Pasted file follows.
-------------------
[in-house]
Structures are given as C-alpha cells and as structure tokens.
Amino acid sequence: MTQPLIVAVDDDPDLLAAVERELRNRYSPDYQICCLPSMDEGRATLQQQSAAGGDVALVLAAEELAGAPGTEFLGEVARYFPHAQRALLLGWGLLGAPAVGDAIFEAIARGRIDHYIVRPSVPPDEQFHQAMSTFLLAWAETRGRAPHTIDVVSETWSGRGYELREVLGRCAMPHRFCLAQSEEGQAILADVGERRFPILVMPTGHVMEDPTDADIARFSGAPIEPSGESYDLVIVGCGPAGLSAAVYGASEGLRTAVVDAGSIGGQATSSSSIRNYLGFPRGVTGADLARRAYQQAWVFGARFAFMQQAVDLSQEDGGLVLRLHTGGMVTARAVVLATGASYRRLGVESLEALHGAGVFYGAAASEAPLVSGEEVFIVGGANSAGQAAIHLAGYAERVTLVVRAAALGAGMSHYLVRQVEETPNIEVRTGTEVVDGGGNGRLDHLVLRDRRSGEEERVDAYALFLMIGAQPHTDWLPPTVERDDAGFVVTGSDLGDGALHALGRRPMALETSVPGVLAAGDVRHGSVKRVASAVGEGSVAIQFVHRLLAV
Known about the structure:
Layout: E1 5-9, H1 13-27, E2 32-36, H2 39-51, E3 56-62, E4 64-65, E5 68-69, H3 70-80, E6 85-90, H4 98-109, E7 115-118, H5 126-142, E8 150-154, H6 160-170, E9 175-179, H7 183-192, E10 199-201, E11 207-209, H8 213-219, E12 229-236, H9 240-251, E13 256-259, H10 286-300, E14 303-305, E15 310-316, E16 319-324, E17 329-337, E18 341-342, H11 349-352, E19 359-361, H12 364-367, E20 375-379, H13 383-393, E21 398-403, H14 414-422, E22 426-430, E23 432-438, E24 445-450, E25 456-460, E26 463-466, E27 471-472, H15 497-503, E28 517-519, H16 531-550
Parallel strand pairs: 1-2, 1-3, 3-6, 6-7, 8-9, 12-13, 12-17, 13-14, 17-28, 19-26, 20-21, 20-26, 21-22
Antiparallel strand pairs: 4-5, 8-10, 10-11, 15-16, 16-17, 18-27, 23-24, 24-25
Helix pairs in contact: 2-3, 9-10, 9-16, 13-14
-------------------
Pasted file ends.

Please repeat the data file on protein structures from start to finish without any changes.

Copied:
[in-house]
Structures are given as C-alpha cells and as structure tokens.
Amino acid sequence: MTQPLIVAVDDDPDLLAAVERELRNRYSPDYQICCLPSMDEGRATLQQQSAAGGDVALVLAAEELAGAPGTEFLGEVARYFPHAQRALLLGWGLLGAPAVGDAIFEAIARGRIDHYIVRPSVPPDEQFHQAMSTFLLAWAETRGRAPHTIDVVSETWSGRGYELREVLGRCAMPHRFCLAQSEEGQAILADVGERRFPILVMPTGHVMEDPTDADIARFSGAPIEPSGESYDLVIVGCGPAGLSAAVYGASEGLRTAVVDAGSIGGQATSSSSIRNYLGFPRGVTGADLARRAYQQAWVFGARFAFMQQAVDLSQEDGGLVLRLHTGGMVTARAVVLATGASYRRLGVESLEALHGAGVFYGAAASEAPLVSGEEVFIVGGANSAGQAAIHLAGYAERVTLVVRAAALGAGMSHYLVRQVEETPNIEVRTGTEVVDGGGNGRLDHLVLRDRRSGEEERVDAYALFLMIGAQPHTDWLPPTVERDDAGFVVTGSDLGDGALHALGRRPMALETSVPGVLAAGDVRHGSVKRVASAVGEGSVAIQFVHRLLAV
Known about the structure:
Layout: E1 5-9, H1 13-27, E2 32-36, H2 39-51, E3 56-62, E4 64-65, E5 68-69, H3 70-80, E6 85-90, H4 98-109, E7 115-118, H5 126-142, E8 150-154, H6 160-170, E9 175-179, H7 183-192, E10 199-201, E11 207-209, H8 213-219, E12 229-236, H9 240-251, E13 256-259, H10 286-300, E14 303-305, E15 310-316, E16 319-324, E17 329-337, E18 341-342, H11 349-352, E19 359-361, H12 364-367, E20 375-379, H13 383-393, E21 398-403, H14 414-422, E22 426-430, E23 432-438, E24 445-450, E25 456-460, E26 463-466, E27 471-472, H15 497-503, E28 517-519, H16 531-550
Parallel strand pairs: 1-2, 1-3, 3-6, 6-7, 8-9, 12-13, 12-17, 13-14, 17-28, 19-26, 20-21, 20-26, 21-22
Antiparallel strand pairs: 4-5, 8-10, 10-11, 15-16, 16-17, 18-27, 23-24, 24-25
Helix pairs in contact: 2-3, 9-10, 9-16, 13-14